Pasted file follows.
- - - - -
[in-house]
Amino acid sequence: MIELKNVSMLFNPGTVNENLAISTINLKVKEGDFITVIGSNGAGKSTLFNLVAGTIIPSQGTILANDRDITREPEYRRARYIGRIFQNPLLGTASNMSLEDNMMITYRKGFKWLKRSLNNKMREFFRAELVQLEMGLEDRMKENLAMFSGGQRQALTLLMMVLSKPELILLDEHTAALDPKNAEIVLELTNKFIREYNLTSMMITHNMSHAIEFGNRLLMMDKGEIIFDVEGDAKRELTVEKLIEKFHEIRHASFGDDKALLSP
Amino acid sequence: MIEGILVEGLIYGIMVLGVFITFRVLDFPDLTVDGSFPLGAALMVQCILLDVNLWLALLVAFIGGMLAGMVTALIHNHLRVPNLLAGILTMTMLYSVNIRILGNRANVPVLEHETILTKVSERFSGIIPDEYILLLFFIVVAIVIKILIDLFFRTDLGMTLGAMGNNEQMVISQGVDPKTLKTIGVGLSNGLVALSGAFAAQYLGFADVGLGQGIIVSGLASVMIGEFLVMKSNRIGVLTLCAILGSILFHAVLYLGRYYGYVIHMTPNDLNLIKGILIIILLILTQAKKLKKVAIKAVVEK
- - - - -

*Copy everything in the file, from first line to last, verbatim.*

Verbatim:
[in-house]
Amino acid sequence: MIELKNVSMLFNPGTVNENLAISTINLKVKEGDFITVIGSNGAGKSTLFNLVAGTIIPSQGTILANDRDITREPEYRRARYIGRIFQNPLLGTASNMSLEDNMMITYRKGFKWLKRSLNNKMREFFRAELVQLEMGLEDRMKENLAMFSGGQRQALTLLMMVLSKPELILLDEHTAALDPKNAEIVLELTNKFIREYNLTSMMITHNMSHAIEFGNRLLMMDKGEIIFDVEGDAKRELTVEKLIEKFHEIRHASFGDDKALLSP
Amino acid sequence: MIEGILVEGLIYGIMVLGVFITFRVLDFPDLTVDGSFPLGAALMVQCILLDVNLWLALLVAFIGGMLAGMVTALIHNHLRVPNLLAGILTMTMLYSVNIRILGNRANVPVLEHETILTKVSERFSGIIPDEYILLLFFIVVAIVIKILIDLFFRTDLGMTLGAMGNNEQMVISQGVDPKTLKTIGVGLSNGLVALSGAFAAQYLGFADVGLGQGIIVSGLASVMIGEFLVMKSNRIGVLTLCAILGSILFHAVLYLGRYYGYVIHMTPNDLNLIKGILIIILLILTQAKKLKKVAIKAVVEK